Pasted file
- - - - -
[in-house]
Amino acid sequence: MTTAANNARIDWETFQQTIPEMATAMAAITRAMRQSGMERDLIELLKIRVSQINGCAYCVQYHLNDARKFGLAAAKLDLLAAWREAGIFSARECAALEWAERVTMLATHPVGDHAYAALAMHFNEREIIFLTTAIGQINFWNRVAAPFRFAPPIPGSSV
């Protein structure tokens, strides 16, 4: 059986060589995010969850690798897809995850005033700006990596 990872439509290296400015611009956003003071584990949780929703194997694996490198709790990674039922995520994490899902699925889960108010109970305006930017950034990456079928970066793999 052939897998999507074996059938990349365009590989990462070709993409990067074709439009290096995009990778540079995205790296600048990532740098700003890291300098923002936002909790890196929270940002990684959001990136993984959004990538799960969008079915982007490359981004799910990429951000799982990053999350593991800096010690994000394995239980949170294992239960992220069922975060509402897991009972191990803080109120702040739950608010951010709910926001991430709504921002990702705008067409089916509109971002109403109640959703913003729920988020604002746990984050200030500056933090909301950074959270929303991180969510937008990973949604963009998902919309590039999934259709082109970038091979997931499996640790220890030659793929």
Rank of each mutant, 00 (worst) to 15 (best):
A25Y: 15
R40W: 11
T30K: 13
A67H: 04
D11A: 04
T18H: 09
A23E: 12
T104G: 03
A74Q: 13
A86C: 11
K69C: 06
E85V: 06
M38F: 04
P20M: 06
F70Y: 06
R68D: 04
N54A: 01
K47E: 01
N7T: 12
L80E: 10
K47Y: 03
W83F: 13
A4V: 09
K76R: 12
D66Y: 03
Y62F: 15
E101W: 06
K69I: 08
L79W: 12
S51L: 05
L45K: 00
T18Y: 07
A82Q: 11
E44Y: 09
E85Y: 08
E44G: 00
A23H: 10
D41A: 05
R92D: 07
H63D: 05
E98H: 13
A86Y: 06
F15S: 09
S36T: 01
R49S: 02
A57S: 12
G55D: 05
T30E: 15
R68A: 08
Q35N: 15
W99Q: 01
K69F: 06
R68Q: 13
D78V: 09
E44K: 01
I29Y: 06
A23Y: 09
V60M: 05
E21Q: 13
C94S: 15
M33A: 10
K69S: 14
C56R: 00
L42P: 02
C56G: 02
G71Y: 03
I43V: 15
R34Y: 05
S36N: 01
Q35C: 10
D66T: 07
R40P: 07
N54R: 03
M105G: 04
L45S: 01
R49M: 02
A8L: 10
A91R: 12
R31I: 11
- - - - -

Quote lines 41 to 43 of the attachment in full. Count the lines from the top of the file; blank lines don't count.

A23H: 10
D41A: 05
R92D: 07